Ok, now that we’ve got my most personal favorites out of the way, let’s just look at some more fun monsters from this gen.
I said Hoenn had a lot of good water types to offer, and I meant it. Some of my favorites they introduced include the elegant sea serpent Milotic, who is explicitly a “pretty” counterpart to Gyarados; the deep sea eel Huntail, who has a delightfully manic expression that I absolutely love; and the ancient Relicanth, a ceolacanth-inspired pokemon whose rock/water typing is a clever nod to its real life inspiration’s status as a “living fossil.”
Speaking of fossils, gen 3 has great options among its fossil pokemon. The Anorith line is inspired by Anomalocaris, a bizarre arthropod that was one of the first apex predators in earth’s evolutionary history. Anorith itself is pretty much just a slightly embellished Anomalocaris, though its evolution, Armaldo, is more of an anomalocaris/stegosaurus hybrid, which is bizarre and wonderful.
The other fossil is the Lileep line, which is inspired by Crinoids, a kind of echinoderm (i.e. the invertebrate family that starfish belong to) that once dominated the ocean ecosystem, to the point where entire stratas of fossils from the Paleozoic era will be made of nothing but Crinoid remains. It’s not the kind of prehistoric creature most people would think of, but paleontology nerds would surely get a kick of seeing a monster based on one of the most common organisms in the fossil record.
While nowhere near as lizard-heavy as the Kanto region, Hoenn still has a lot of good reptiles in it, including Kecleon, a chameleon who can change elemental types, Tropius, a sauropod that is also a banana tree, and the fire-breathing tortoise Torkoal. Though none of these made my team, they were strong contenders for it, and I appreciate that Hoenn had so many good reptiles to choose from.
Hoenn also has some rad spooky monsters too – Duskull is a cute little take on the Grim Reaper (whose evolutions sadly abandon that motiff), while Banette and Mawile are Pokemon-y takes on classic Yokai concepts. I mean, technically every pokemon is a spin on yokai, but these two are based on specific yokai, instead of the general approach Japanese folklore has to monsters in general.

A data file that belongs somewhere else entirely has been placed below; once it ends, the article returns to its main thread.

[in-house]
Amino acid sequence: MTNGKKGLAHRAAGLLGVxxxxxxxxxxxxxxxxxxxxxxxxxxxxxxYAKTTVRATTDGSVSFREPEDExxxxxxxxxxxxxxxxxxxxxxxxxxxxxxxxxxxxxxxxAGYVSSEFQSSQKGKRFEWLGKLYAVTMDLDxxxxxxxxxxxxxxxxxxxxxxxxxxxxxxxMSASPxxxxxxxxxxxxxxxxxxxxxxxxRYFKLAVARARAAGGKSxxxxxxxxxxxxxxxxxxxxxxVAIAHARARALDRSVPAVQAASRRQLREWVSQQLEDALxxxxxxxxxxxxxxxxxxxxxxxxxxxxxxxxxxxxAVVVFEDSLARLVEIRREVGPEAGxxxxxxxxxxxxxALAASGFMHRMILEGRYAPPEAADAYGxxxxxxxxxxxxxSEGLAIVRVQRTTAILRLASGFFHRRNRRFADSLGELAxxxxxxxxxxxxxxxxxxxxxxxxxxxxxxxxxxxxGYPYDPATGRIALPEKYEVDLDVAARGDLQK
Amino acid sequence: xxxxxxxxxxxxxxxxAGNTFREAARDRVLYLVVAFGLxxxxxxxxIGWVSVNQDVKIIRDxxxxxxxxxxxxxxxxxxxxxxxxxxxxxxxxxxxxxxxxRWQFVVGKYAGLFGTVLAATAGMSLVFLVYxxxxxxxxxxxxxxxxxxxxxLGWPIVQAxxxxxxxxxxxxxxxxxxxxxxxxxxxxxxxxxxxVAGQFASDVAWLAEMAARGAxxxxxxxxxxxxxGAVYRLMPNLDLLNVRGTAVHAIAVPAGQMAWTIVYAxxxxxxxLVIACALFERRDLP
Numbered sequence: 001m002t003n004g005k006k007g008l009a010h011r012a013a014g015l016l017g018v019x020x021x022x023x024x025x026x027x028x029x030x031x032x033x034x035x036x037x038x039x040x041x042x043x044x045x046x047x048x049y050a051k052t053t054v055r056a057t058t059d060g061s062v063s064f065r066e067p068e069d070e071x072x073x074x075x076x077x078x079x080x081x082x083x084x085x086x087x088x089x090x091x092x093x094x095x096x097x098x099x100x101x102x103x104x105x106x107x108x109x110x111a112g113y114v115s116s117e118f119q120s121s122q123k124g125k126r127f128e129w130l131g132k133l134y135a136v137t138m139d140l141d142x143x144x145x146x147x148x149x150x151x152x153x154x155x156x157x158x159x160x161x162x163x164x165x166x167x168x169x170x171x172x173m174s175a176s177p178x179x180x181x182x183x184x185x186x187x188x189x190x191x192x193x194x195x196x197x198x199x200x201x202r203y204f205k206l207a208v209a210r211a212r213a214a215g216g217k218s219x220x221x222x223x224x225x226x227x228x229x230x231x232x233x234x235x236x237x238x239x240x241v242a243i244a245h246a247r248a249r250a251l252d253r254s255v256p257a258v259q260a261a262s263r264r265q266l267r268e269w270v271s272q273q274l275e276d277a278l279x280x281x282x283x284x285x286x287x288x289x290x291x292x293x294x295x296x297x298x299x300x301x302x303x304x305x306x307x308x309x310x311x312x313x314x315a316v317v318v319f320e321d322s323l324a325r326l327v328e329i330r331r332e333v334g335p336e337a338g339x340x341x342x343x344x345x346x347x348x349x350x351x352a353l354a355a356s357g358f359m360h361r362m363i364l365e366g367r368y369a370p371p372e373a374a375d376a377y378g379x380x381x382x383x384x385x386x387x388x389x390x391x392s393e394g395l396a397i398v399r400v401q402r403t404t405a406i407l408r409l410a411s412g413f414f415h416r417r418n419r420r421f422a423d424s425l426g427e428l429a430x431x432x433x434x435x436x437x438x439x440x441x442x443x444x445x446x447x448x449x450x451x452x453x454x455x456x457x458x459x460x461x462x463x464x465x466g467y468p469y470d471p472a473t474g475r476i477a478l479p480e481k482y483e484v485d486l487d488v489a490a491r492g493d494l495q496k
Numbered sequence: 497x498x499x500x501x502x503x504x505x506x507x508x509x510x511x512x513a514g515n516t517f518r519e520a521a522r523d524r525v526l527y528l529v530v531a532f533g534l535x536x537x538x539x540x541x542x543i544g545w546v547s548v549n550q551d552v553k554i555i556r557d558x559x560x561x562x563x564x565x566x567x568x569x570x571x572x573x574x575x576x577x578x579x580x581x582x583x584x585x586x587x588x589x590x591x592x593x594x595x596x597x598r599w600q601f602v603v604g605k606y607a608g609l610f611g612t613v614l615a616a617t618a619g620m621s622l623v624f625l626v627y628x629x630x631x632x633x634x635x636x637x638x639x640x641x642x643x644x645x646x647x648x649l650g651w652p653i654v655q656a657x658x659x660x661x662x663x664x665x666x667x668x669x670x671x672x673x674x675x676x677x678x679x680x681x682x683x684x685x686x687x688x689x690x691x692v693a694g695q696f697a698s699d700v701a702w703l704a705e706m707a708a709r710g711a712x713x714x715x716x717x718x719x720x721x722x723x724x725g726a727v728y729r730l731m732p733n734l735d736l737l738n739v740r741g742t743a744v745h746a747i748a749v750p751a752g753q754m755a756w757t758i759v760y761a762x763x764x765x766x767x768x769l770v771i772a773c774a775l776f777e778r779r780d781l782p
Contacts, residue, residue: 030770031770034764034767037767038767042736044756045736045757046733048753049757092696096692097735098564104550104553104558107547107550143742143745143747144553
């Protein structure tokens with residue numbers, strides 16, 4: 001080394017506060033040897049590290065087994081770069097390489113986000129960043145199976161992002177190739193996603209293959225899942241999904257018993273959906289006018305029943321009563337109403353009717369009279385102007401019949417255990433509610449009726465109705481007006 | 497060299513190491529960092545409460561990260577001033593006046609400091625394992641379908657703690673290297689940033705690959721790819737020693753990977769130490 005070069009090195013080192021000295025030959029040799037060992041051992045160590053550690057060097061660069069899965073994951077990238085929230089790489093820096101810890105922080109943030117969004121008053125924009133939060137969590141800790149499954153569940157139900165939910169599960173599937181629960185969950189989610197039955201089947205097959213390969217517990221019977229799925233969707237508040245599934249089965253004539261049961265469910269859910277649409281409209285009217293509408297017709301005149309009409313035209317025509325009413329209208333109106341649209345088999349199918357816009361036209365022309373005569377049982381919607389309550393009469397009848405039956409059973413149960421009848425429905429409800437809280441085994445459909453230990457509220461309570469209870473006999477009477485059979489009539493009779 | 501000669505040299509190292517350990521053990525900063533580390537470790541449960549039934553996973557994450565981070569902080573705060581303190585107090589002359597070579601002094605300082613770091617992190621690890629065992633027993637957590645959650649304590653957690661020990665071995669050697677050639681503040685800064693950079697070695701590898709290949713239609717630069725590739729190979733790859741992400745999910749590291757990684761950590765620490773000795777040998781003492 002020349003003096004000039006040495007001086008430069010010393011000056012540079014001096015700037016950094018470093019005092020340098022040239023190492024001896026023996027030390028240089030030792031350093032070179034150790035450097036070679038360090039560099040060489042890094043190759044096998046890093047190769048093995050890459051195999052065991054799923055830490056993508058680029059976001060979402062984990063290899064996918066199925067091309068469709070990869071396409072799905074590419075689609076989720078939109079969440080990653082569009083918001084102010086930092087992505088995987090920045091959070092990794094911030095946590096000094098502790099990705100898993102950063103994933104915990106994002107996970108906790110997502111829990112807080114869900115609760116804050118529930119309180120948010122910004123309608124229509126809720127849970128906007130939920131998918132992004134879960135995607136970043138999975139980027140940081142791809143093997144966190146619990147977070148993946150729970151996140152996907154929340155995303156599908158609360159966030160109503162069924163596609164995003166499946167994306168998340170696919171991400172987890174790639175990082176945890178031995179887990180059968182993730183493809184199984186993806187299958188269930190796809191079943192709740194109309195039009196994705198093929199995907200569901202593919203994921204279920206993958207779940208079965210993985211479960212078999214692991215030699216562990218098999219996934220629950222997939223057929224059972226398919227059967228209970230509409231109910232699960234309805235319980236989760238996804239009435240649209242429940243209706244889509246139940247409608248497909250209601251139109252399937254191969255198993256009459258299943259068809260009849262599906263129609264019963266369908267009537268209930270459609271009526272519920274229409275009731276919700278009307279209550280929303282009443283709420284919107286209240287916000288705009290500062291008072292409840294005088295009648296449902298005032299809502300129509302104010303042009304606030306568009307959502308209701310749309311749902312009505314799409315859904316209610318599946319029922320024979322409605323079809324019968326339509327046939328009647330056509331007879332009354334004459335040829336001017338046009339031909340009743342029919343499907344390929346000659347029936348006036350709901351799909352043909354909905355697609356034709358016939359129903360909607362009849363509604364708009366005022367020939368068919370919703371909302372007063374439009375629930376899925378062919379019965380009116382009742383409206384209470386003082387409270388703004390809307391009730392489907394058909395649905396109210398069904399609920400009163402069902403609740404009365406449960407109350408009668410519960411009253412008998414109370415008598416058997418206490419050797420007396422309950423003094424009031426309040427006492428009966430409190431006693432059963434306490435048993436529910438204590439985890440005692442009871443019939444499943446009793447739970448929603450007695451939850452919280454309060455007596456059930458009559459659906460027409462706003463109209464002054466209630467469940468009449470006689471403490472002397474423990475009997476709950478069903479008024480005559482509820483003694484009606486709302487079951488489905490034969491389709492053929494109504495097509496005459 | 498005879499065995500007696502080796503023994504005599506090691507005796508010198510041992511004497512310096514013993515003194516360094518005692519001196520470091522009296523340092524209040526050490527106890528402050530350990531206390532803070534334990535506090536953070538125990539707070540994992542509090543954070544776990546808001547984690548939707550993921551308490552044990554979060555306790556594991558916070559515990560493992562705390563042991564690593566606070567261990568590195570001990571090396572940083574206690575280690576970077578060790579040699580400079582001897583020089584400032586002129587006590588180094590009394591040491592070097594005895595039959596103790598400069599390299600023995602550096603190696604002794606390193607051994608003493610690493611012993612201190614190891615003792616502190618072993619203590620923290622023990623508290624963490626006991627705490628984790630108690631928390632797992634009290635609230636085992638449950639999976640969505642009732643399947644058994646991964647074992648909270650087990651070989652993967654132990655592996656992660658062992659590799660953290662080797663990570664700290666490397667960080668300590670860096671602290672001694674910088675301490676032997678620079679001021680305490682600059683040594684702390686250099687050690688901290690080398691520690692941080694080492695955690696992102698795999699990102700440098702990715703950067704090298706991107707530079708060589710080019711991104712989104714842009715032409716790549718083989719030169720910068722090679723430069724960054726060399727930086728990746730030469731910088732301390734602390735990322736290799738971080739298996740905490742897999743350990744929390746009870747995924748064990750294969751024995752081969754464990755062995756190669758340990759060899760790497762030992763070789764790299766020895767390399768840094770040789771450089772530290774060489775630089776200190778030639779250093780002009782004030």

As if having a great design for the grass type starter wasn’t enough, Gen 3 also gives us a rad ass hell cactus scarecrow in Cacturne and a bizarre yet adorable mushroom-o-saurus in Breloom, both of whom tempted me to almost have a team with more than one grass type on it despite me not being very good at utilizing that type. I mean, look at Breloom’s face. It’s friend shaped!
While Salamence is my pseudo-legendary of choice in Hoenn, the region actually gives you a second option in the Metagross line. After three pseudo-legendary lines that end with big burly lizard monsters, it’s pretty novel to have one that morphs from a disembodied eye to a sort of metal spider monster, and the fact that this line is the signature monster of the Hoenn Pokemon League’s champion gives it some good clout to go with its excellent stats.
Finally, the “I just think they’re neat!” pokemon for this gen: Exploud joins the rank of “pokemon that remind me of Ultraman kaiju and barely missed being on my team”, Absol is an omen of doom that’s subtly demonic in appearance and just really weird and cool overall, and Slaking is still the closest thing we have to a King Kong Pokemon.